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What pros/cons of WDF driver model vs. WDM for rootkits and antivirus drivers. From what I've seen and from personal experience (though I'm still a newbie) WDM is good in that you have to do most of the stuff manually and at the same time you are given the right foundation elements so it is like building a Lego. On the other hand I haven't seen any WDF mentioning in terms of a rootkit being written in WDF ? Is there any particular reason why WDF and more specifically KMDF (and why not UMDF even?) are not widely (at all?) used for development of rootkit/security type of software ?

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A friend of mine answered the question:

It's like with security, really (e.g. using PGP as opposed to no encryption). Add more security and it has to become a little more inconvenient and the person who does it has to know some level of details. Make things convenient and they become less secure.

With WDF you are giving up power (and possibilities). So like with security the convenience comes at a price.

But let me liken the WDF / WDM discussion to something that is perfectly within the realm of antivirus software. File system filter drivers (FSFDs). Legacy FSFDs are difficult to write, to debug and to maintain. Some details change in subtle ways depending on the patch level of the OS, not to mention broken APIs or that certain APIs only exist at certain OS versions. The easier method - and used by the majority of AV vendors I am aware of - uses mini-FSFDs, where, similar to the WDF, btw, another driver sits in between you and the kernel from the logical perspective (you can still make direct calls) and abstracts away a lot of the difficult details.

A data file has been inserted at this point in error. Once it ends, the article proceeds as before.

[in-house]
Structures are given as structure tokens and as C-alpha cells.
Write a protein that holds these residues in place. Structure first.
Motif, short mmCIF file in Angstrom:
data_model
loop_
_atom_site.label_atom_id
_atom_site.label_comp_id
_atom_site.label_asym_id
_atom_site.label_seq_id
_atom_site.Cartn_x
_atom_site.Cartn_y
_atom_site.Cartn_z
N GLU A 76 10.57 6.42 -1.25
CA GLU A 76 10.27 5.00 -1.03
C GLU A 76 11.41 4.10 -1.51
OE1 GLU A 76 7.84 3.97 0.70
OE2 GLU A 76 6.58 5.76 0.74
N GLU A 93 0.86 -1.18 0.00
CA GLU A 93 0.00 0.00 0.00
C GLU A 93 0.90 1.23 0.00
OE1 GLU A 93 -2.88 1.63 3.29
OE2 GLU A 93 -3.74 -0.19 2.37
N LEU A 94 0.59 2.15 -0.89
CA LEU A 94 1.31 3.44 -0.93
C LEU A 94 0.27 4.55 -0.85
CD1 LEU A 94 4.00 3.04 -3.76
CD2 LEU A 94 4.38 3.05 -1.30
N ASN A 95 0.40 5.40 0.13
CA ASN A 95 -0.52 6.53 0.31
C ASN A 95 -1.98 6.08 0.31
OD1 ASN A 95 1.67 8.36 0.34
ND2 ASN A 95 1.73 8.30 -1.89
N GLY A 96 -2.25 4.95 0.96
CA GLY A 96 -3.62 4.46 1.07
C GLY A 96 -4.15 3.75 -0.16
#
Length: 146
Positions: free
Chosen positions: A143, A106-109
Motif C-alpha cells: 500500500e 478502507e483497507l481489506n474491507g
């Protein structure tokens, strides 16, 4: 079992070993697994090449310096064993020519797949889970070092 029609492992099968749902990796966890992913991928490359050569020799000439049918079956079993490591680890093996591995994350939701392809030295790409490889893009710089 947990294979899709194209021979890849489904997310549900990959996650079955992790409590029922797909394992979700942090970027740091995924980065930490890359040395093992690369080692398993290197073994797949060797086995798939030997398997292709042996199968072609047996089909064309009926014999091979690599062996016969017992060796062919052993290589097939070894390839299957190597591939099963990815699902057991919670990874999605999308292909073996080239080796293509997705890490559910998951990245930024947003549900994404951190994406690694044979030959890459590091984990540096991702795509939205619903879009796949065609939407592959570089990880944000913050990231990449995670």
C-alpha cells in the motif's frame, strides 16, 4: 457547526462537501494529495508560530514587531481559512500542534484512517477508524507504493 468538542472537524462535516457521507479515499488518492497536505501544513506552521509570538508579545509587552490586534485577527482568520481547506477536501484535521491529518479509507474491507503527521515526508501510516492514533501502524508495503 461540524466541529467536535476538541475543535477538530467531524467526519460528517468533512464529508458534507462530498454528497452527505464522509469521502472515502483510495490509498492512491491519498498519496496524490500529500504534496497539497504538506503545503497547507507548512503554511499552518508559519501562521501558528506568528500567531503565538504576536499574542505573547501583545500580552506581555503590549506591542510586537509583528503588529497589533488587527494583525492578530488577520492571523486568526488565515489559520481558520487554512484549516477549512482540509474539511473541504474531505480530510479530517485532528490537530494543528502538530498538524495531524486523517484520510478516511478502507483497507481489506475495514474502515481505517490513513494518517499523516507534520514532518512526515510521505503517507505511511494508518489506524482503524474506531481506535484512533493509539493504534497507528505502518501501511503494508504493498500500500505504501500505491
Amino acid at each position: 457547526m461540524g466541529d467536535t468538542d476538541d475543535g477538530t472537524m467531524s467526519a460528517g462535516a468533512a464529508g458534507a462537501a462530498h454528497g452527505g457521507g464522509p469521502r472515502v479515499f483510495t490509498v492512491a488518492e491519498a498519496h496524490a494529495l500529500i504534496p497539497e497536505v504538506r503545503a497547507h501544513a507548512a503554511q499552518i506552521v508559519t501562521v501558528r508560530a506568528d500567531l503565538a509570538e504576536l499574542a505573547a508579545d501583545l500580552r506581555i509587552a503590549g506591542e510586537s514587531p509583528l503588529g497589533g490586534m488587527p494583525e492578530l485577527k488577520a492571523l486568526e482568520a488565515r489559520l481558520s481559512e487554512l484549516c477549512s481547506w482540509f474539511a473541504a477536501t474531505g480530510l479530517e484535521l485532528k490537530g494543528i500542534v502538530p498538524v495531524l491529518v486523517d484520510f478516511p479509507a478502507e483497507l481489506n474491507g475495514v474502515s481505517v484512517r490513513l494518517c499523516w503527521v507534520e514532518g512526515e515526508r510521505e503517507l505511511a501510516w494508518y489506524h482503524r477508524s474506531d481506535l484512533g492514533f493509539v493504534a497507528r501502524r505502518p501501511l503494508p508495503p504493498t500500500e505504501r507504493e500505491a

If someone were to write a rootkit in WDF - which has probably been tried - it would be easier to catch, btw. Remember that one of the main objectives of a rootkit is to go udner the radar.

Also keep in mind that MS has two objectives by introducing new driver models:

  • cater the needs of devs to have simpler ways of doing stuff and shipping faster
  • making it easier for them (i.e. MS) to test drivers (the driver models usually abstract away complexities)
  • provide a stabler OS to end users (BSODs are more often than not blamed on MS instead of the vendor that created the driver!)

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